Of course, every year so many albums are released, and some inevitably fail to live up to our expectations. I like to write about this music because I think it’s a productive way to reflect on my aesthetic choices and preferences and thereby learn more about myself. It’s important to remember: music criticism always says more about the listener than the artist.
I introduced “exceptional tracks” to this list last year, and I think I will start to make a tradition of it this year. Both of the following albums contain individual songs that impressed me in spite of their respective album’s disappointing features.
Most Disappointing Releases of 2019
Yves Tumor – Heaven to a Tortured Mind
Yves Tumor’s departure from off-the-wall electronic experimentation into more streamlined Pop song craft is to me as upsetting as it is expected. They showed signs of just such a change on 2018’s Safe in the Hands of Love, which concomitantly disappointed me to a lesser extent than this album, and now it seems they have fully committed to this Funk Revival sound, throwing out the eerie Techno environments, the Dark Ambient horror soundtracks, and the weird Vaporwavey interludes of pre-Warp Yves Tumor. Funk is great, and Yves Tumor’s Funk is great, but this album is so much less interesting than what they were making four years ago. That said, some production brilliance and impeccable sampling shines through on the tracks below, and I’d certainly recommend them to my friends as some of the best songs of the year.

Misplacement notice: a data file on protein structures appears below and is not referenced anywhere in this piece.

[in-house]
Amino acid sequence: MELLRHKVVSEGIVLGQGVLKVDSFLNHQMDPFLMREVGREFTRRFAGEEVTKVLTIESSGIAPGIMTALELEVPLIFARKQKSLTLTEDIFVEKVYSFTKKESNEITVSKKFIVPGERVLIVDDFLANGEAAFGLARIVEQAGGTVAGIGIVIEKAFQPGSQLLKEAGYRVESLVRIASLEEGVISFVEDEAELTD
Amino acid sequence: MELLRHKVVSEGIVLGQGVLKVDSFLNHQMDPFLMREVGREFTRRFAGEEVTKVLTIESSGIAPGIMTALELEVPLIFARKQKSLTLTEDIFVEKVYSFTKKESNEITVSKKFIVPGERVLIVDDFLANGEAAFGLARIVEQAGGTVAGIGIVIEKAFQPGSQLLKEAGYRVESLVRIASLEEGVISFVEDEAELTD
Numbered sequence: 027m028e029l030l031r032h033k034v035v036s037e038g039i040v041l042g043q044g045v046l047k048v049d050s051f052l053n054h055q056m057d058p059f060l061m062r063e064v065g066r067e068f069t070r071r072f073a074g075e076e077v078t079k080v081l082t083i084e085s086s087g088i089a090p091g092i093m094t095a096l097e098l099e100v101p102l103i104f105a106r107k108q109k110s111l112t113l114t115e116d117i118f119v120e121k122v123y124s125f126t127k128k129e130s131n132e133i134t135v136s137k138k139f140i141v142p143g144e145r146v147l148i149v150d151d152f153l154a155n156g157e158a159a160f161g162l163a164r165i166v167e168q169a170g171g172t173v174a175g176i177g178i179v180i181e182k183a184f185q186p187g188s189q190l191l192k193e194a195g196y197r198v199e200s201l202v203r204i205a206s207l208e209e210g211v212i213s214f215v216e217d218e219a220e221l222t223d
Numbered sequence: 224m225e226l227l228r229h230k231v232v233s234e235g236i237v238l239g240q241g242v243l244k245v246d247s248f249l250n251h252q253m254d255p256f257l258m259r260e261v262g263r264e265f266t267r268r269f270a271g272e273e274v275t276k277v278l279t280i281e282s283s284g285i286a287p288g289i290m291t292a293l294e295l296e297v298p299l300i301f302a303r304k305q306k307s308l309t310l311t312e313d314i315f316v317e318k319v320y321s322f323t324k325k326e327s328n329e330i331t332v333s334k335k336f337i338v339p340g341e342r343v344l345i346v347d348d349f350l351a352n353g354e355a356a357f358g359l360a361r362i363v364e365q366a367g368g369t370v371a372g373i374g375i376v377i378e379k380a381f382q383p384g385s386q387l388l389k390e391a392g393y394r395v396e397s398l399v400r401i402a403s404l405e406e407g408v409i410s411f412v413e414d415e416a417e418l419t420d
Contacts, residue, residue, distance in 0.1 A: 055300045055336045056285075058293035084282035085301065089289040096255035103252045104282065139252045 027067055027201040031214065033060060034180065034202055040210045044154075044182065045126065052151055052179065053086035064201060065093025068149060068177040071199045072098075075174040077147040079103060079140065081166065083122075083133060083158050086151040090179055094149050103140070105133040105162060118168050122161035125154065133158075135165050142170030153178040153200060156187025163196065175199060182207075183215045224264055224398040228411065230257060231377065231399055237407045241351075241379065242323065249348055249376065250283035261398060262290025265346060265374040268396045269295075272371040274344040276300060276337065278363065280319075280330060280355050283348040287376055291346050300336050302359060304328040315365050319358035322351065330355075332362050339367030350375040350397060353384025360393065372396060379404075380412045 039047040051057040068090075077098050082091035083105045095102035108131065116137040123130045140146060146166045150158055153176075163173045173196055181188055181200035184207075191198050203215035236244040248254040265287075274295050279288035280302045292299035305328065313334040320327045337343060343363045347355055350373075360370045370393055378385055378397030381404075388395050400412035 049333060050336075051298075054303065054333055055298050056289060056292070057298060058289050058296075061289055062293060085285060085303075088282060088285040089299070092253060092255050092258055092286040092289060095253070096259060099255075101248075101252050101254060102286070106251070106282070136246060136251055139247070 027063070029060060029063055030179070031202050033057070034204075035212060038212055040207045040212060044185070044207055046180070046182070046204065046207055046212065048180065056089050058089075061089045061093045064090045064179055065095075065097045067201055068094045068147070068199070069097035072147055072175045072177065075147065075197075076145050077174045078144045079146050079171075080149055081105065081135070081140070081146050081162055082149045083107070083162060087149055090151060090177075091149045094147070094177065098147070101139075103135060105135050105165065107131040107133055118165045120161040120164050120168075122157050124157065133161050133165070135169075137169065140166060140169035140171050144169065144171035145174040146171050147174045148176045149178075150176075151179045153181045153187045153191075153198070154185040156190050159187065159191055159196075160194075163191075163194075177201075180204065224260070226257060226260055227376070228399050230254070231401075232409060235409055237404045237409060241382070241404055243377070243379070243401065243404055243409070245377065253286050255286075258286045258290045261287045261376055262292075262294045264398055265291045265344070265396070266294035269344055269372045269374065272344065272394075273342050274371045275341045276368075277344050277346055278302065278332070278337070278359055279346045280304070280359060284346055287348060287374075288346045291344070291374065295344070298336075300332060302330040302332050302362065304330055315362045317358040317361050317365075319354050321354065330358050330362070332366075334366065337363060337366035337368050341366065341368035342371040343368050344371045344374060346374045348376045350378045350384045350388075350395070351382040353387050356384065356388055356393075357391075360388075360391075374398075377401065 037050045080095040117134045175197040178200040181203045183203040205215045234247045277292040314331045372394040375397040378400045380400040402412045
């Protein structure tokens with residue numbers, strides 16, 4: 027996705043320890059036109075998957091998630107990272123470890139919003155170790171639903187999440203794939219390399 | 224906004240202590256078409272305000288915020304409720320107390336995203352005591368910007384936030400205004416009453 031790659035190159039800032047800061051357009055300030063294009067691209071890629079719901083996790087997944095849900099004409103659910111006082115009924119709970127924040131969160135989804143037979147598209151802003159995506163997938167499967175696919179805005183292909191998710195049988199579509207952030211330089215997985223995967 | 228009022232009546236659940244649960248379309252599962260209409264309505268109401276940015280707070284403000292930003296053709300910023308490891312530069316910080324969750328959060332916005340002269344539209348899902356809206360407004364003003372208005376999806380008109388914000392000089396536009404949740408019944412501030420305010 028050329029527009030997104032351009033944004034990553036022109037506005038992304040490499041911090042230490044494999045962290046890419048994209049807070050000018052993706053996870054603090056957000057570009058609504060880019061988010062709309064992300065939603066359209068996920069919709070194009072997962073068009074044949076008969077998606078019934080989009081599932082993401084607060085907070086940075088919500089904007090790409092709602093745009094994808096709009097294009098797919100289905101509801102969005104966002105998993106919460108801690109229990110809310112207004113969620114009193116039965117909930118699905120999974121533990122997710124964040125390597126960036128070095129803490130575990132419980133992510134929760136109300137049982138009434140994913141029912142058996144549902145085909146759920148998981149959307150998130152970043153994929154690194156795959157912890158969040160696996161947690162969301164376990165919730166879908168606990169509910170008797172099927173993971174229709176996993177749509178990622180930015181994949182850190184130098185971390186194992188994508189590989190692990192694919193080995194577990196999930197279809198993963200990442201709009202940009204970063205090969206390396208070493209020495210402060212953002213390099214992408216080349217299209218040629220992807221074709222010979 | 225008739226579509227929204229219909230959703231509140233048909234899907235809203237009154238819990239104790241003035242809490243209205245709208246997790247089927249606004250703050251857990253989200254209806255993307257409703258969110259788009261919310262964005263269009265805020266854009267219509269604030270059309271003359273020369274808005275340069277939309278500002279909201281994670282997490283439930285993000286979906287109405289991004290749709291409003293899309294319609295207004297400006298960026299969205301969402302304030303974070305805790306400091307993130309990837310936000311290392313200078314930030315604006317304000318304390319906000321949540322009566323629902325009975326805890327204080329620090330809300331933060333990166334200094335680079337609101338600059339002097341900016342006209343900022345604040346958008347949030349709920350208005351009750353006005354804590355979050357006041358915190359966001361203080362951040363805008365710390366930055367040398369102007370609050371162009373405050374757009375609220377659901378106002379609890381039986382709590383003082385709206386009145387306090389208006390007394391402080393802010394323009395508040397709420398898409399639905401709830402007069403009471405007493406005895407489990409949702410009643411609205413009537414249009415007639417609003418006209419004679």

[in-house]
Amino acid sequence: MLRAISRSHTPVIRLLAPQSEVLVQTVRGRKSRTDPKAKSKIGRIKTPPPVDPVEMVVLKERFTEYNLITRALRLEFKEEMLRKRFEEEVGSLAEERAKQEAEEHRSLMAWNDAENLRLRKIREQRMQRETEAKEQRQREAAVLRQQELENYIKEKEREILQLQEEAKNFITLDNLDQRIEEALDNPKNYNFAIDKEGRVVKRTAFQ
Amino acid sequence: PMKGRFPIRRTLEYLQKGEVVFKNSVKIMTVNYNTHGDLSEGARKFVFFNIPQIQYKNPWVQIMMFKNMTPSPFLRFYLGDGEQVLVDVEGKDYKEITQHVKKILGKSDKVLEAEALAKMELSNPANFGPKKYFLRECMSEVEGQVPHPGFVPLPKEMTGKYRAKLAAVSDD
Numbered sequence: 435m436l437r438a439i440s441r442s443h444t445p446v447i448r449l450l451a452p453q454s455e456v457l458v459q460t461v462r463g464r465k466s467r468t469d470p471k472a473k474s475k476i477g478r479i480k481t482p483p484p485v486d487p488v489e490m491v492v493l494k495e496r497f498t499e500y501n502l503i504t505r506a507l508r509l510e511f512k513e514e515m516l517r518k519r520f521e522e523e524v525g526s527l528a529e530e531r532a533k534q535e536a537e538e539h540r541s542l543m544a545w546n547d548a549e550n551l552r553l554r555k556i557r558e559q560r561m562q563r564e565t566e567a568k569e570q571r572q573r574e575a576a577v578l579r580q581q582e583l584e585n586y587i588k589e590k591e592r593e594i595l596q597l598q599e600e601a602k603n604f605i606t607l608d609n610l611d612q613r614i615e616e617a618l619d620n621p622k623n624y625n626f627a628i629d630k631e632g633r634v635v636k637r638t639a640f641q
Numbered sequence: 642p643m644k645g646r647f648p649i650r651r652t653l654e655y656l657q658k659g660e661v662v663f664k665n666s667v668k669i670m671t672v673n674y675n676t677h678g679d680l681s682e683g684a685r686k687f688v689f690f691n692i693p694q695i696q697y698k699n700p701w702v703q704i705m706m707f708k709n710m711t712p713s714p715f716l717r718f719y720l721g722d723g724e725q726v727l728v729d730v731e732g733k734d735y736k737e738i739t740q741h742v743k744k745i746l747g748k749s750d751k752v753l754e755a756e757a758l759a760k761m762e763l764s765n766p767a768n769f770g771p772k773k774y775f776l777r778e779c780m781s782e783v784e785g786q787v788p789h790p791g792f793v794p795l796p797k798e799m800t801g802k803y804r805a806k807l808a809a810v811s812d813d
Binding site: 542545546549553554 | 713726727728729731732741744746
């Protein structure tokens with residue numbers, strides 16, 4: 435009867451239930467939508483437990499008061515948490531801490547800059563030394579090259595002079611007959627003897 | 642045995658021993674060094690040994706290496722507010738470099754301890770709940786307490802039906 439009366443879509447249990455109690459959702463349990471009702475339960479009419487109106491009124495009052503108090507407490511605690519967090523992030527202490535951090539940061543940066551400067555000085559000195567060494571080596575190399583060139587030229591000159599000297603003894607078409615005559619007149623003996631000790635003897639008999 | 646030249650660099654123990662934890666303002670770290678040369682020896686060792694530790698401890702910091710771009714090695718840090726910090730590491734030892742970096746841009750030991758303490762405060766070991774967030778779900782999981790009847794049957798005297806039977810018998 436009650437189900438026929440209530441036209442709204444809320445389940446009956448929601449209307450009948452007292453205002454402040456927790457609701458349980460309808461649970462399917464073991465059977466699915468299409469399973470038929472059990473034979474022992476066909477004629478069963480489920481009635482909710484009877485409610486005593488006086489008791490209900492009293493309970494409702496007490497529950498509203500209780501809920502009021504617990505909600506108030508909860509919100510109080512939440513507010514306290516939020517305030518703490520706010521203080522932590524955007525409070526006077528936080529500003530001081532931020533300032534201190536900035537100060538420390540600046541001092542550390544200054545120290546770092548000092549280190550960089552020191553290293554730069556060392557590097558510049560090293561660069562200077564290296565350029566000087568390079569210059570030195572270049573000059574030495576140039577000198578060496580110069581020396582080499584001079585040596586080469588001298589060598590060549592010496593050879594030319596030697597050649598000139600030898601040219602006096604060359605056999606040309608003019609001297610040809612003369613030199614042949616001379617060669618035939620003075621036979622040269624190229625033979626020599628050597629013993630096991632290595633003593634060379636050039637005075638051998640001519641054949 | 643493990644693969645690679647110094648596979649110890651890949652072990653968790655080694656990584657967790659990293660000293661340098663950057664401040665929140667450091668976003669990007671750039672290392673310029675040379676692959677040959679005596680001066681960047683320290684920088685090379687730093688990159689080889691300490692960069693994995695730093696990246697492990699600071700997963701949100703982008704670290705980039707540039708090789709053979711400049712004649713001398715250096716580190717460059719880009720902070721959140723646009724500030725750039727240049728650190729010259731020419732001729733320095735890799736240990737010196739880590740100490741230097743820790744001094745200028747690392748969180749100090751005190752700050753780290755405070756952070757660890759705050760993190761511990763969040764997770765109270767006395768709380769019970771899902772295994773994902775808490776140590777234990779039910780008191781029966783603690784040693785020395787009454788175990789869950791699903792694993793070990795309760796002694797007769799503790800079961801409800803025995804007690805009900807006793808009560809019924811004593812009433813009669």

Exceptional Tracks: “Identity Trade,” “Romanticist,” “Dream Palette,” “Folie Imposée,”
Car Seat Headrest – Making a Door Less Open
Even as a guitar-driven band, Car Seat Headrest has always pushed the envelope to remain relevant in spite of the guitar’s fall from importance over the last quarter century. So I can’t say I’m surprised that Will Toledo decided to make a synth-pop album, and I’m certainly not disappointed with that aspect of Making a Door Less Open. But I do think this record lacks the thematic cohesion and consistent quality of songwriting one may find on the band’s previous studio albums. It feels like a handful of Grade A singles buffered by electronic sketches that serve very little thematic purpose. The exception (with respect to the sketches) is “What’s With You Lately,” a concept track that ranks among the best Toledo has even written (and probably the only CSH song he hasn’t performed). And it fits with the theme of the album perfectly–indeed perhaps it is the theme of the album: the absence of Toledo. Not literally, nor as a character, but as a touching, expressive, personal voice. This is a purposeful artistic act, and it works better on some tracks than others.
Exceptional Tracks: “Can’t Cool Me Down,” “Hollywood,” “Martin,” “What’s With You Lately”
By Isak McCune